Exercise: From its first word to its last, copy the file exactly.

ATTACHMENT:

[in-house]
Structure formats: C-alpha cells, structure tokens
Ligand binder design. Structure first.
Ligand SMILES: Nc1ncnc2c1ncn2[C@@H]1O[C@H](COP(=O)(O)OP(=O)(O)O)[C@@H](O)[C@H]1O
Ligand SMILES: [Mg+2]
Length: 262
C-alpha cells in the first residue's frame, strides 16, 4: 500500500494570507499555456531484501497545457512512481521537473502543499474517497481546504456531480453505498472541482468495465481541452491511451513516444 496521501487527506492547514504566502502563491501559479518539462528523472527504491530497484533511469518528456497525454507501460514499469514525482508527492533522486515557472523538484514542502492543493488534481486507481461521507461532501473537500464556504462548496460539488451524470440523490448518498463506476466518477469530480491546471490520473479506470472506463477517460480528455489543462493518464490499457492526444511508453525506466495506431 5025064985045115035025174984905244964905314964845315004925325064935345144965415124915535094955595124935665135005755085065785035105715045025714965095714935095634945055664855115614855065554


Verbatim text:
[in-house]
Structure formats: C-alpha cells, structure tokens
Ligand binder design. Structure first.
Ligand SMILES: Nc1ncnc2c1ncn2[C@@H]1O[C@H](COP(=O)(O)OP(=O)(O)O)[C@@H](O)[C@H]1O
Ligand SMILES: [Mg+2]
Length: 262
C-alpha cells in the first residue's frame, strides 16, 4: 500500500494570507499555456531484501497545457512512481521537473502543499474517497481546504456531480453505498472541482468495465481541452491511451513516444 496521501487527506492547514504566502502563491501559479518539462528523472527504491530497484533511469518528456497525454507501460514499469514525482508527492533522486515557472523538484514542502492543493488534481486507481461521507461532501473537500464556504462548496460539488451524470440523490448518498463506476466518477469530480491546471490520473479506470472506463477517460480528455489543462493518464490499457492526444511508453525506466495506431 5025064985045115035025174984905244964905314964845315004925325064935345144965415124915535094955595124935665135005755085065785035105715045025714965095714935095634945055664855115614855065554